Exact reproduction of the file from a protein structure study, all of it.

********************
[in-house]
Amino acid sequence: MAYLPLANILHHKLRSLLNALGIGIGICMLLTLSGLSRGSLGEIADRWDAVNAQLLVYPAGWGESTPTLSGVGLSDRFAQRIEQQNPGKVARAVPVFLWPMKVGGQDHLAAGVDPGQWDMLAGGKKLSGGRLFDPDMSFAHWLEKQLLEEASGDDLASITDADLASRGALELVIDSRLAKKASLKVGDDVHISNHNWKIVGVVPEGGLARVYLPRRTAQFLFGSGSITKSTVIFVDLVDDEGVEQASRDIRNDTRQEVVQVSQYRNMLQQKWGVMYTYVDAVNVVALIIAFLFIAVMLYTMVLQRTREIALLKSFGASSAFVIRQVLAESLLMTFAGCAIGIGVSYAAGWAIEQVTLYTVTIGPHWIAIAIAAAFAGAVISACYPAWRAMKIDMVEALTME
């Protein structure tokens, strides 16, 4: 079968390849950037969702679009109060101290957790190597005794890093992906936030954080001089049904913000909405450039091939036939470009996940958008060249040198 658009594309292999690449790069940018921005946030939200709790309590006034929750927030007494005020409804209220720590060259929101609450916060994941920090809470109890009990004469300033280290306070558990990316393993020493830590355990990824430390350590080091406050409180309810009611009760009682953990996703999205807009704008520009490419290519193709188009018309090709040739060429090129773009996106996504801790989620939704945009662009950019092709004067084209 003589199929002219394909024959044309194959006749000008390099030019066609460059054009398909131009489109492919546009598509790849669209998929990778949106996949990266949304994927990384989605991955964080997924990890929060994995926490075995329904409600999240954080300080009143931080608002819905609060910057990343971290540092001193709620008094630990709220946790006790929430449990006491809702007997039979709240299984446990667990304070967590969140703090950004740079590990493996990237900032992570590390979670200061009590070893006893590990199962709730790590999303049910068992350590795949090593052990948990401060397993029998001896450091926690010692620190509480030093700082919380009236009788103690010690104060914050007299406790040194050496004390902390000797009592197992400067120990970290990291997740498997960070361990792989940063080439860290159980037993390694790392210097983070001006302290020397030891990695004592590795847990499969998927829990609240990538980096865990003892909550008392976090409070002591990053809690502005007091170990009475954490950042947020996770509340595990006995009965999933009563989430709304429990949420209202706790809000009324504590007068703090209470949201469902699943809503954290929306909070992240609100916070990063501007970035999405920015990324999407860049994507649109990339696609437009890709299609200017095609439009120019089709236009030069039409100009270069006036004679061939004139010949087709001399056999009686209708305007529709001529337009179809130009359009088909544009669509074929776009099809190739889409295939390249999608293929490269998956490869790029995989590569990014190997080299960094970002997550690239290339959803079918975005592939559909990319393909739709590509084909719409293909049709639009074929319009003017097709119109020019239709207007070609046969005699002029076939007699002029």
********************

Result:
[in-house]
Amino acid sequence: MAYLPLANILHHKLRSLLNALGIGIGICMLLTLSGLSRGSLGEIADRWDAVNAQLLVYPAGWGESTPTLSGVGLSDRFAQRIEQQNPGKVARAVPVFLWPMKVGGQDHLAAGVDPGQWDMLAGGKKLSGGRLFDPDMSFAHWLEKQLLEEASGDDLASITDADLASRGALELVIDSRLAKKASLKVGDDVHISNHNWKIVGVVPEGGLARVYLPRRTAQFLFGSGSITKSTVIFVDLVDDEGVEQASRDIRNDTRQEVVQVSQYRNMLQQKWGVMYTYVDAVNVVALIIAFLFIAVMLYTMVLQRTREIALLKSFGASSAFVIRQVLAESLLMTFAGCAIGIGVSYAAGWAIEQVTLYTVTIGPHWIAIAIAAAFAGAVISACYPAWRAMKIDMVEALTME
């Protein structure tokens, strides 16, 4: 079968390849950037969702679009109060101290957790190597005794890093992906936030954080001089049904913000909405450039091939036939470009996940958008060249040198 658009594309292999690449790069940018921005946030939200709790309590006034929750927030007494005020409804209220720590060259929101609450916060994941920090809470109890009990004469300033280290306070558990990316393993020493830590355990990824430390350590080091406050409180309810009611009760009682953990996703999205807009704008520009490419290519193709188009018309090709040739060429090129773009996106996504801790989620939704945009662009950019092709004067084209 003589199929002219394909024959044309194959006749000008390099030019066609460059054009398909131009489109492919546009598509790849669209998929990778949106996949990266949304994927990384989605991955964080997924990890929060994995926490075995329904409600999240954080300080009143931080608002819905609060910057990343971290540092001193709620008094630990709220946790006790929430449990006491809702007997039979709240299984446990667990304070967590969140703090950004740079590990493996990237900032992570590390979670200061009590070893006893590990199962709730790590999303049910068992350590795949090593052990948990401060397993029998001896450091926690010692620190509480030093700082919380009236009788103690010690104060914050007299406790040194050496004390902390000797009592197992400067120990970290990291997740498997960070361990792989940063080439860290159980037993390694790392210097983070001006302290020397030891990695004592590795847990499969998927829990609240990538980096865990003892909550008392976090409070002591990053809690502005007091170990009475954490950042947020996770509340595990006995009965999933009563989430709304429990949420209202706790809000009324504590007068703090209470949201469902699943809503954290929306909070992240609100916070990063501007970035999405920015990324999407860049994507649109990339696609437009890709299609200017095609439009120019089709236009030069039409100009270069006036004679061939004139010949087709001399056999009686209708305007529709001529337009179809130009359009088909544009669509074929776009099809190739889409295939390249999608293929490269998956490869790029995989590569990014190997080299960094970002997550690239290339959803079918975005592939559909990319393909739709590509084909719409293909049709639009074929319009003017097709119109020019239709207007070609046969005699002029076939007699002029």